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Sales Fell

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By Alana Semuels and Alana Semuels,Los Angeles Times | October 24, 2006
Ford Motor Co. reported yesterday that it lost $5.8 billion in the third quarter - its largest quarterly loss since 1992 - as the automaker struggled to implement a restructuring plan that included substantial cutbacks at factories across the country. The slide is expected to last at least through the first half of next year as employee buyouts and plant closings continue and the No. 2 U.S. automaker struggles to wean itself from its long reliance on trucks. "Everyone expected the number to be bad," said John Novak, an analyst with investment research firm Morningstar Inc. "But the amount of cash being burned is very high."
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BUSINESS
By Lorraine Mirabella, The Baltimore Sun | August 15, 2013
Jos. A. Bank Clothiers Inc. expects profits to drop in the second quarter, the Hampstead-based retailer announced Thursday. Earnings are expected to decline to about 49 cents to 53 cents per share, compared with 83 cents per share in the second quarter of 2012, the company said. Sales fell about 11 percent in the three-month period that ended Aug. 3, but the gross profit margin rate stabilized, said CEO R. Neal Black in a statement. "Customers did not respond as well to some of our highly promotional, high sales volume marketing campaigns as they did in the prior year," and sales fell mostly during the promotional peaks, Black said.
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BUSINESS
By NEW YORK TIMES NEWS SERVICE | August 24, 2005
The nation's long housing boom appears to be losing steam. Sales of existing homes fell more than expected in July and prices were virtually flat compared with the previous month, the National Association of Realtors reported yesterday. Perhaps most significant, the price of condominiums, which have recently attracted a growing number of speculators looking to cash in on the boom, fell for the second straight month, while the number of condos on the market rose sharply. "We could very much be close to the peak at this time," said Lynn Reaser, chief economist at Bank of America's capital markets group.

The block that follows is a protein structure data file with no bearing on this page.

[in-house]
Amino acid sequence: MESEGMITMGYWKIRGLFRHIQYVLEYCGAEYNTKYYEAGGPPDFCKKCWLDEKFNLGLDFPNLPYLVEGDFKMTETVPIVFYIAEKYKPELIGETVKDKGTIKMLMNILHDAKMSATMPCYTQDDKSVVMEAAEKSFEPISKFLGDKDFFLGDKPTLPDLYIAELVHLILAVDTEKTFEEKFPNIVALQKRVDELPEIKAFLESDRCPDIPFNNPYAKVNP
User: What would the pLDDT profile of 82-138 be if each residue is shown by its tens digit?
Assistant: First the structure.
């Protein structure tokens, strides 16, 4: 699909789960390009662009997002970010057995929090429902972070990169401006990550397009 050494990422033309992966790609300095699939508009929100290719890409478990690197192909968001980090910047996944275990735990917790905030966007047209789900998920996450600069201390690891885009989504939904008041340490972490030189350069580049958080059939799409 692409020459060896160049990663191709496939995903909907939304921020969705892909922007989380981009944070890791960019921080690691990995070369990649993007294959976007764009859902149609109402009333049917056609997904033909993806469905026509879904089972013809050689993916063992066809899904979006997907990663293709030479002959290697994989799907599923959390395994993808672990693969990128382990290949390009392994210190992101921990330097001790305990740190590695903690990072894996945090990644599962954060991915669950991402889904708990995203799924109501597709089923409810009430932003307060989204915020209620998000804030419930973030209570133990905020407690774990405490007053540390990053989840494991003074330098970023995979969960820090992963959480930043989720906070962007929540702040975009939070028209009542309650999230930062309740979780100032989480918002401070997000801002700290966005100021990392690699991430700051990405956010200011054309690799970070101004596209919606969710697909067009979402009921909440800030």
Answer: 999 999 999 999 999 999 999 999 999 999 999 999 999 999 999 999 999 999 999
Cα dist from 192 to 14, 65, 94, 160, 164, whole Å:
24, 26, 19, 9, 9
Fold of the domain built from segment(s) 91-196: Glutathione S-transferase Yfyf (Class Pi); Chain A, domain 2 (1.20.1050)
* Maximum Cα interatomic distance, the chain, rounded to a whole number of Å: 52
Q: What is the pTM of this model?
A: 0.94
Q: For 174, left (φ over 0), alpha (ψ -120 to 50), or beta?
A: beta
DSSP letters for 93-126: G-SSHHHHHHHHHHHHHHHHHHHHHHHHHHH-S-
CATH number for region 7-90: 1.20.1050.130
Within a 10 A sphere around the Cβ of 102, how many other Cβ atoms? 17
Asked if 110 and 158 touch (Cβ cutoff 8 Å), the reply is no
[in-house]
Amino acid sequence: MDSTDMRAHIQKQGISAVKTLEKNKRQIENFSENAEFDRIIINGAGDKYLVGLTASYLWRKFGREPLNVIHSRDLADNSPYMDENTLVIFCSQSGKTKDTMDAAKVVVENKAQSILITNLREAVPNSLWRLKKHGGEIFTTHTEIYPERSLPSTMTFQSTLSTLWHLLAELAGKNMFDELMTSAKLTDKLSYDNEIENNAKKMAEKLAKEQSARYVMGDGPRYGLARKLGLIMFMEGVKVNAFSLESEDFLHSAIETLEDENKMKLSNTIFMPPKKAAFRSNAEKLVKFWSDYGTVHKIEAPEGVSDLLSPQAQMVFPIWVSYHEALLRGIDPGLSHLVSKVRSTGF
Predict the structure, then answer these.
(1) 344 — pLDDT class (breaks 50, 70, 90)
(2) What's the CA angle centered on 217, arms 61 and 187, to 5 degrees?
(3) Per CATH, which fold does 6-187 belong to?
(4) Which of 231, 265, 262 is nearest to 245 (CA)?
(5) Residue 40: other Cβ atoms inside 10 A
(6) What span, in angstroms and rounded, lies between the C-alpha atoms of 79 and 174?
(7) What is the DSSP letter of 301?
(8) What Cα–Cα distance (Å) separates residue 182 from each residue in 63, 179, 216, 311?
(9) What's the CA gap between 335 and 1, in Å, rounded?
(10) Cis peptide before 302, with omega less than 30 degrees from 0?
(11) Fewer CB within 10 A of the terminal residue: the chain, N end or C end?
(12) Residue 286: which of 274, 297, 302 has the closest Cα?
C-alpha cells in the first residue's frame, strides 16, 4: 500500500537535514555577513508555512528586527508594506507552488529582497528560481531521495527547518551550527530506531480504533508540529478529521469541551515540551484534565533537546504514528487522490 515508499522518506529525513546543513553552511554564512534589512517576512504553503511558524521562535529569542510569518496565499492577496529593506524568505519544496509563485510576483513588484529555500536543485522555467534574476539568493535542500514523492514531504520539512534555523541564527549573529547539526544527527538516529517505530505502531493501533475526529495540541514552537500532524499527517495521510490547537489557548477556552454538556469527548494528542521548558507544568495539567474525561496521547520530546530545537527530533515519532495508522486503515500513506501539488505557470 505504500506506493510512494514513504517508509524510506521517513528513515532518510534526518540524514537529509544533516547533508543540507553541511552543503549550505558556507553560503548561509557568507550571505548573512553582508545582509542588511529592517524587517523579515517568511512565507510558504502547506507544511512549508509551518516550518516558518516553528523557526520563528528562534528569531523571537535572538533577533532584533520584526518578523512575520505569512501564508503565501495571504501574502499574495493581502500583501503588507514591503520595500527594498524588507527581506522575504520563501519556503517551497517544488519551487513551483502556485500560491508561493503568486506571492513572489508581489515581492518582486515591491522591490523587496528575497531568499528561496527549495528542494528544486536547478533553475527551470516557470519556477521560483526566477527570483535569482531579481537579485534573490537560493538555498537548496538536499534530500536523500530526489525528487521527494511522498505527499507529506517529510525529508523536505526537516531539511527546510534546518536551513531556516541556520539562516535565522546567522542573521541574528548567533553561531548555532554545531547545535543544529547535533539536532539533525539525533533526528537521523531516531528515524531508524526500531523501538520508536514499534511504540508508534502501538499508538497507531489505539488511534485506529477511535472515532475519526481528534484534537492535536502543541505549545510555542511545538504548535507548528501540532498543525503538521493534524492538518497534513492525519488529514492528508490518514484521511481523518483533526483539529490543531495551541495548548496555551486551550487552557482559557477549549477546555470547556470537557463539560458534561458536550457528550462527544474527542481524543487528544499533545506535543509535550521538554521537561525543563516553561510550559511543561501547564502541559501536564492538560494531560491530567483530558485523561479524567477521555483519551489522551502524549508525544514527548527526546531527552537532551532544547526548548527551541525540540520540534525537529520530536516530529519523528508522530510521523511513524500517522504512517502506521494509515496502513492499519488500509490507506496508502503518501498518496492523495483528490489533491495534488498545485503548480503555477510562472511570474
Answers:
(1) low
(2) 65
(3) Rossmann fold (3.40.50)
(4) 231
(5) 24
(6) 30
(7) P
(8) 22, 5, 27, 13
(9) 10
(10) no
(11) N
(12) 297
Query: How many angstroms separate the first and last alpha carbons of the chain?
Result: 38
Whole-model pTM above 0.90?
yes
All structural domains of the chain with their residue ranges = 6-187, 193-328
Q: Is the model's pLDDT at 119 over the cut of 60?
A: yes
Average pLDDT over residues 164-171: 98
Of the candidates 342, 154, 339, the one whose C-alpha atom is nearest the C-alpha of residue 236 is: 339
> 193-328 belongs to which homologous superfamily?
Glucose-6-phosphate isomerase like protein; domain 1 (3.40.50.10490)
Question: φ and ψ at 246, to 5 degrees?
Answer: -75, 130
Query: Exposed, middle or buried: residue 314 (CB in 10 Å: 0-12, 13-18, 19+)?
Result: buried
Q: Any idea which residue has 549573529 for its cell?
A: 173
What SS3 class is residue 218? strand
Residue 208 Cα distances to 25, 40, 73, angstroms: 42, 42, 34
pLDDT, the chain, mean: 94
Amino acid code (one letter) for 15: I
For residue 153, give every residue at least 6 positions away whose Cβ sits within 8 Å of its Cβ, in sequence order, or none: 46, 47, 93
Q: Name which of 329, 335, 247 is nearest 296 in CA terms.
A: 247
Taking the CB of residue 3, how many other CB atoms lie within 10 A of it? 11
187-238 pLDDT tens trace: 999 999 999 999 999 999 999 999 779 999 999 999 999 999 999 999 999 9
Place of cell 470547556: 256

BUSINESS
By Jamie Smith Hopkins, The Baltimore Sun | July 25, 2013
Columbia chemical maker W.R. Grace & Co. said Thursday that it took a hit to sales in the second quarter as a price increase prompted customers to jump ship. Investors didn't like that news, pressing the stock price down $5.33 a share — more than 6 percent — to $78.45 at market's close. Grace's revenue fell about 3 percent in the three months ending June 30, to $802.8 million, compared with the year-earlier period. Profit rose — nearly 20 percent — but that was driven in part by an approximately $20 million drop in asbestos-related costs.
BUSINESS
By Sean Somerville and Sean Somerville,SUN STAFF | May 7, 1998
Fila Holdings SpA said yesterday that a sharp drop in U.S. and South Korean sales resulted in a first-quarter loss of $8.7 million -- a steep drop from a $32.6 million profit in the year-ago quarter.The news sent American depositary receipts of the Italian sportswear company, which has its U.S. headquarters in Sparks, down $3.125, about 13 percent, to close at $20.50.Fila said strong sales growth elsewhere, especially in Europe, could not offset the U.S. and South Korean declines.On a per-share basis, Fila reported a loss of 33 cents, compared with a net profit in the year-ago quarter of $1.22 per ADR. Sales fell 30.5 percent, from $429.
BUSINESS
By BLOOMBERG NEWS | December 2, 1999
DETROIT -- General Motors Corp.'s car and light truck sales were unchanged last month, missing forecasts on disappointing car sales. DaimlerChrysler AG's U.S. sales fell 2.7 percent as its aging minivan and pickup lines fell prey to rivals' redesigned models.GM, the world's biggest automaker, sold 347,855 cars and light trucks, unchanged based on the daily sales rate.Analysts had forecast a 4.4 percent gain. DaimlerChrysler, the No. 3 maker in the United States, said its Chrysler arm's car sales rose 3.3 percent while light truck sales fell 4.7 percent.